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Facebook may stop sharing of news stories in Australia

Facebook says this is not their first choice – it is their last.

Australia is drafting a new regulation that Facebook says misunderstands the dynamics of the internet and will do damage to the very news organisations the government is trying to protect. In response, Facebook has said Australian users will no longer be able to post news stories on its platforms in protest of proposed media bargaining legislation.

“Assuming this draft code becomes law, we will reluctantly stop allowing publishers and people in Australia from sharing local and international news on Facebook and Instagram,” Managing Director of Facebook Australia and New Zealand, Will Easton, said in a statement.

“This is not our first choice – it is our last. But it is the only way to protect against an outcome that defies logic and will hurt, not help, the long-term vibrancy of Australia’s news and media sector.”

The Australian Competition and Consumer Commission (ACCC) proposed its code of conduct in late July and the legislation still needs to be approved by Australia’s parliament. Under the proposal, an arbitration panel would decide how much the technology companies must pay publishers if the two sides can’t agree.

Google has also raised alarms about Australia’s proposal. The measure “would force us to provide you with a dramatically worse” Google Search and YouTube, and “put the free services you use at risk in Australia,” Mel Silva, managing director of Google Australia and New Zealand, wrote in an open letter.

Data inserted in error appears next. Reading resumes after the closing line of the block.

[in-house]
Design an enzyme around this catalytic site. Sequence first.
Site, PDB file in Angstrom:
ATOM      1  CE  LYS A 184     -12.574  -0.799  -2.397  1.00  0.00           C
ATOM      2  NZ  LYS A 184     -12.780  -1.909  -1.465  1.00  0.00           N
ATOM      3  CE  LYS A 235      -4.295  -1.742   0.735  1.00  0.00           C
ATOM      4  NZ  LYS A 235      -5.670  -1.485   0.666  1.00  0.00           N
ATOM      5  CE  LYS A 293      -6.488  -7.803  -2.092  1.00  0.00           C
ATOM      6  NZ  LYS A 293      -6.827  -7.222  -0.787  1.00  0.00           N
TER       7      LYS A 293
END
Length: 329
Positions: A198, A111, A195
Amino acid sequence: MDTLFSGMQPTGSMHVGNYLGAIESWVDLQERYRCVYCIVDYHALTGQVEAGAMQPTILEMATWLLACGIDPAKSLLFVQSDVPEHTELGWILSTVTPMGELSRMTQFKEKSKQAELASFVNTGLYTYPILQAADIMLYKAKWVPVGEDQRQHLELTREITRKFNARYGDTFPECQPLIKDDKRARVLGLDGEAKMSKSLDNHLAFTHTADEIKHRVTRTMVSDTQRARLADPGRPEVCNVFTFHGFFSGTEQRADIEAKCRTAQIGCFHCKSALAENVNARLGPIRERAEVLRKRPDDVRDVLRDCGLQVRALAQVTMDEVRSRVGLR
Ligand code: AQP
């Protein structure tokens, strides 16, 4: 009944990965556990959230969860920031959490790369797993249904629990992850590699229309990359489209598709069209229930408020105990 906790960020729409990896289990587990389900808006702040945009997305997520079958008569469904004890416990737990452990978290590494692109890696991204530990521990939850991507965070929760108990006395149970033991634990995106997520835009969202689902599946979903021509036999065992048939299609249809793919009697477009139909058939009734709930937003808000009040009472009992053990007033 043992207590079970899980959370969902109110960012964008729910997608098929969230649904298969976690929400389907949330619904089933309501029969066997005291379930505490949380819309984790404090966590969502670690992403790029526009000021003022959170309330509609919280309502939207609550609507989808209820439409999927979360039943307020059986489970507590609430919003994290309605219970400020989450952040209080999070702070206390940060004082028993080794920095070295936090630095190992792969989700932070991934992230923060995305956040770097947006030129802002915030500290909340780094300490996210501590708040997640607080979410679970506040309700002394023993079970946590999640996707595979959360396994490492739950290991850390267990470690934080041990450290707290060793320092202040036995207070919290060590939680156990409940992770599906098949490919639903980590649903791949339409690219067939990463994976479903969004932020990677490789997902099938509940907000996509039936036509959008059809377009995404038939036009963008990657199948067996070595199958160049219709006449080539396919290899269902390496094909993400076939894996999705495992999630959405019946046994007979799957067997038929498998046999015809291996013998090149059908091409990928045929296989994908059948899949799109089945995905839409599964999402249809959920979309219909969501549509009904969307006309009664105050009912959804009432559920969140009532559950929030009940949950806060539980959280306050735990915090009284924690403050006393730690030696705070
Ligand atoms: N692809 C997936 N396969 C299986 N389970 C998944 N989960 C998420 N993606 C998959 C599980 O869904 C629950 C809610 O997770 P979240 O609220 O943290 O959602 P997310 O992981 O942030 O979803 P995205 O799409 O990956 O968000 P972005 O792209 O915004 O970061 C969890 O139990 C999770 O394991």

These laws would see Australian news organisations bargain with digital platforms like Facebook and Google to receive remuneration for news content shared on their platforms. It also seeks to give news companies greater access to the machinations of ranking algorithms and data the platforms harvest about news readers.

Australia’s new rules are part of a global push by government agencies to regulate the tech giants. In some countries, officials are concerned not only that Facebook and Google are capturing much of the advertising dollars that have sustained journalism, but also with the types of articles getting shared. The stories that tend to go viral on Facebook are those that stoke emotion and divisiveness, critics argue.

Responding to Facebook’s announcement, Australia Treasurer Josh Frydenberg said:

“We don’t respond to coercion or heavy-handed threats wherever they come from.” Forcing digital platforms to pay for original content would help create “a more sustainable media landscape,”

The chairman of Australia’s competition regulator, Rod Sims, said Facebook’s threat was “ill-timed and misconceived.” The proposed legislation seeks to bring “fairness and transparency” to Facebook and Google’s relationships with Australian news businesses, Sims said in a statement.

But Easton said the government’s solution was “counterproductive” to its goal of securing greater competition in the Australian news media landscape.

“We share the Australian Government’s goal of supporting struggling news organisations, particularly local newspapers, and have engaged extensively with the Australian Competition and Consumer Commission that has led the effort. But its solution is counterproductive to that goal.

The proposed law is unprecedented in its reach and seeks to regulate every aspect of how tech companies do business with news publishers. Most perplexing, it would force Facebook to pay news organisations for content that the publishers voluntarily place on our platforms and at a price that ignores the financial value we bring publishers”, Easton said.

Facebook has already slated an update to its terms of service for 1 October. Under section 3.2 of its new terms of service, Facebook will be able to “remove or restrict access to [users’] content, services or information if we determine that doing so is reasonably necessary to avoid or mitigate adverse legal or regulatory impacts to Facebook”.

Facebook’s response to Australia’s proposed News Media and Digital Platforms Mandatory Bargaining Code

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